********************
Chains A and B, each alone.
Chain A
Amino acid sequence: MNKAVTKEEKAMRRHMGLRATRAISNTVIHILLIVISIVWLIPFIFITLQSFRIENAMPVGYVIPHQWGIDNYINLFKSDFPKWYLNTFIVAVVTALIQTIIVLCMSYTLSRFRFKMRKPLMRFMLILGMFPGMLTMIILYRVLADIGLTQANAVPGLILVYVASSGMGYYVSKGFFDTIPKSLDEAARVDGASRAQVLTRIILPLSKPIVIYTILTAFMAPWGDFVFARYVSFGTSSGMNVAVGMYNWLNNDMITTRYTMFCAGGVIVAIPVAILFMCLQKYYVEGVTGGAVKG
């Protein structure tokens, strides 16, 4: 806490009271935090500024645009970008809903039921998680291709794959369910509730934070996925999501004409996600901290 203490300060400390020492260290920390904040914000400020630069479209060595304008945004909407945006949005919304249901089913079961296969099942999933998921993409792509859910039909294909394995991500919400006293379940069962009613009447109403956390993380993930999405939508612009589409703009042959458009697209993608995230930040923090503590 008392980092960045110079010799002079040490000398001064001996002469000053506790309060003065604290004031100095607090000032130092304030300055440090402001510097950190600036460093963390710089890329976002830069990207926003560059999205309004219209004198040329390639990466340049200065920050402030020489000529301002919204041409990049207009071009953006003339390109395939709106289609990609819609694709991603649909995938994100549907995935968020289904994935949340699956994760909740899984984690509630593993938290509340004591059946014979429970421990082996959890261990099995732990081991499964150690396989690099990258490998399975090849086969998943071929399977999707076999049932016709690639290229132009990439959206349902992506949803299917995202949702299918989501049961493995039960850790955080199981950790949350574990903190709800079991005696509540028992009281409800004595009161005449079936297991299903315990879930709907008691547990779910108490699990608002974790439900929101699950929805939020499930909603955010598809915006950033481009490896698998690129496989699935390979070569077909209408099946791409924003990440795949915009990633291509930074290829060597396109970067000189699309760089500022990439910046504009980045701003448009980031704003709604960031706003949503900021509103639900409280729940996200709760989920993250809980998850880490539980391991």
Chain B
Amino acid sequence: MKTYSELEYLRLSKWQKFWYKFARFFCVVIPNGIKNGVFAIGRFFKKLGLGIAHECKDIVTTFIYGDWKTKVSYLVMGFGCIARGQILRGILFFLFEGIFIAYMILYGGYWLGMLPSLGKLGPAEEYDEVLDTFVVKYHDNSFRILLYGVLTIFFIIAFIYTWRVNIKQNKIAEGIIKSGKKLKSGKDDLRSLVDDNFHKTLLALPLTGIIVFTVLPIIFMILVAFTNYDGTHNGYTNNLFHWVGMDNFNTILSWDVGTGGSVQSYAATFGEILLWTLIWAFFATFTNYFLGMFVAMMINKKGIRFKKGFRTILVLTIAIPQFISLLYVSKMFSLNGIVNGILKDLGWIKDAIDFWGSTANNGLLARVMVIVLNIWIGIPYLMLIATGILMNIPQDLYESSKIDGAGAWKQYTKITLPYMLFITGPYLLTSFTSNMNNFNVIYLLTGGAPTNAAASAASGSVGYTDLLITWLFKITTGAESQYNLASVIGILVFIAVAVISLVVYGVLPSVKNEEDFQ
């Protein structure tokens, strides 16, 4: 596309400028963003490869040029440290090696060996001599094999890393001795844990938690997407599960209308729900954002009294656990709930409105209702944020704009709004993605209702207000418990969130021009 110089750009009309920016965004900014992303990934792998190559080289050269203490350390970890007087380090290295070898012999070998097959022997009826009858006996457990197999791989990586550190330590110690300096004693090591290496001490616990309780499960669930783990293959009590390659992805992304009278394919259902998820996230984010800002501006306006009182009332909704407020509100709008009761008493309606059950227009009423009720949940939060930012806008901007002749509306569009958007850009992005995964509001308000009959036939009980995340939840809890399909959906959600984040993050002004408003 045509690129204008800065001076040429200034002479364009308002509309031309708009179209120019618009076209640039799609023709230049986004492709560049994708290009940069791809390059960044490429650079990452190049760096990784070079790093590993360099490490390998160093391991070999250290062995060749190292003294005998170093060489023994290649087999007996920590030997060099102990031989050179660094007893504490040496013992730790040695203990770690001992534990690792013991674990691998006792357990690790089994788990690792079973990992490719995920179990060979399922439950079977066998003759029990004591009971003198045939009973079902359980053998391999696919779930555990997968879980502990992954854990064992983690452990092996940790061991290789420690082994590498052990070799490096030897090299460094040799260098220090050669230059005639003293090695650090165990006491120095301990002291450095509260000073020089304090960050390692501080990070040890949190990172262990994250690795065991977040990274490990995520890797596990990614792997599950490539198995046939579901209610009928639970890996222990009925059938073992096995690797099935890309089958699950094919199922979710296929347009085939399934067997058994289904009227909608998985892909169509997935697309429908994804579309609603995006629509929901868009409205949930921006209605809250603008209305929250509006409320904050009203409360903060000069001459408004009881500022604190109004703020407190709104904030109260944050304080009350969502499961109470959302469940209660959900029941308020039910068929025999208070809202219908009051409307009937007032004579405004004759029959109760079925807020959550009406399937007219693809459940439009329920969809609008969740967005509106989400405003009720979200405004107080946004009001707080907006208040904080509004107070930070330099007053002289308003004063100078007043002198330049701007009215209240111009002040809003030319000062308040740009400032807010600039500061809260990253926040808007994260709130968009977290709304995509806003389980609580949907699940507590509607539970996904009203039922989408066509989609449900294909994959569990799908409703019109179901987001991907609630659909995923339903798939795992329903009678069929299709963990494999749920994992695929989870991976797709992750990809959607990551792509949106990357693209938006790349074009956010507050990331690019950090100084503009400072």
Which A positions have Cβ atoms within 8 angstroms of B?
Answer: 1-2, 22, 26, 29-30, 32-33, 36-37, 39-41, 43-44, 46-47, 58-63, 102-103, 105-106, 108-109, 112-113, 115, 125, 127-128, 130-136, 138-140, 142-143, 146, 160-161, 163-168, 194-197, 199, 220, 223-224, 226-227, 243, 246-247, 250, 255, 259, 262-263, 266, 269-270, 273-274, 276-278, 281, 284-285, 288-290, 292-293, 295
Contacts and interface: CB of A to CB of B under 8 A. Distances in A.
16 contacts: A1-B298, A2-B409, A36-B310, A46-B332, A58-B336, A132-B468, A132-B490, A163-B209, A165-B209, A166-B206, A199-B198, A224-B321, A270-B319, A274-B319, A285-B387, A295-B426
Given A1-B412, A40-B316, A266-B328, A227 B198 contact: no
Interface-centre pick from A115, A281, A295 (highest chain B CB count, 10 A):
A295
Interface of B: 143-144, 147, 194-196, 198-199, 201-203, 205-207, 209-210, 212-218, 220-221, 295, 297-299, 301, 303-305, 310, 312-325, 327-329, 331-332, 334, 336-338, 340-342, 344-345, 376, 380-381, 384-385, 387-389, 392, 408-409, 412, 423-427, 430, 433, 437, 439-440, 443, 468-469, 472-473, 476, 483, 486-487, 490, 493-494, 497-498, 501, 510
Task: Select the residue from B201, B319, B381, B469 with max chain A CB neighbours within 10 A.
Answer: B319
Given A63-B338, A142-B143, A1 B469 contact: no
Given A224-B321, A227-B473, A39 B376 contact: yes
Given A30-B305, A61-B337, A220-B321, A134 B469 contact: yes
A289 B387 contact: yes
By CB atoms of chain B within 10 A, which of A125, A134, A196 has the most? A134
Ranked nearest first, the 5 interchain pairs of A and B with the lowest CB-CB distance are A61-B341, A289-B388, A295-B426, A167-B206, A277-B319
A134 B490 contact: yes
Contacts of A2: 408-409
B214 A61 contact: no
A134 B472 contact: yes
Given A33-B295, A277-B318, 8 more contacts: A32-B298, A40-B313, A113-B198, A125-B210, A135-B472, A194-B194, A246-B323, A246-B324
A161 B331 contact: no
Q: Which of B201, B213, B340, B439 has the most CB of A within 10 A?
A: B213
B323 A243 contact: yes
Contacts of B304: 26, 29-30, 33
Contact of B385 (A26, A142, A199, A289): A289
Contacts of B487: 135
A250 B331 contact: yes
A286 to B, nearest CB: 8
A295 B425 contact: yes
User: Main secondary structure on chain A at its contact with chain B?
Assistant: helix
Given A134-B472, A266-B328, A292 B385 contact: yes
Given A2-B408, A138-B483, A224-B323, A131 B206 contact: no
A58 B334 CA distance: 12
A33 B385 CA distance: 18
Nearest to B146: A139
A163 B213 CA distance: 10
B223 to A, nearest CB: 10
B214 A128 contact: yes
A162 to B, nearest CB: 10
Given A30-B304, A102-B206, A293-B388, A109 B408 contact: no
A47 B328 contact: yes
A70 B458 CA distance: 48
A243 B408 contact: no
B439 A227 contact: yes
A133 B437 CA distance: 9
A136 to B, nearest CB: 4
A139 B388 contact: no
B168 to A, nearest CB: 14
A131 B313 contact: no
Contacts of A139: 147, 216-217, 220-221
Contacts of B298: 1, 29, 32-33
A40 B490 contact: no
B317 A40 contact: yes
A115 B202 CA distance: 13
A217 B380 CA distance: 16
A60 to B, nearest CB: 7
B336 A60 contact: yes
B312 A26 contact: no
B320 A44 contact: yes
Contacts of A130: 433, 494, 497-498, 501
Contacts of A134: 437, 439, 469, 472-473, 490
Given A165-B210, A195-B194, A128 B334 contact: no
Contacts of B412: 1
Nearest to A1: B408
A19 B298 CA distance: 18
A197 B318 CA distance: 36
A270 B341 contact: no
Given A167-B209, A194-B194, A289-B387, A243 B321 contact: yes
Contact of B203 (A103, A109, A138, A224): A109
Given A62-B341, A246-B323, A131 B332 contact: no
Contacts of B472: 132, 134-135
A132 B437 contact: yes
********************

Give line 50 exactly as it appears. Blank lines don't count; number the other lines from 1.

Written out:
Given A30-B304, A102-B206, A293-B388, A109 B408 contact: no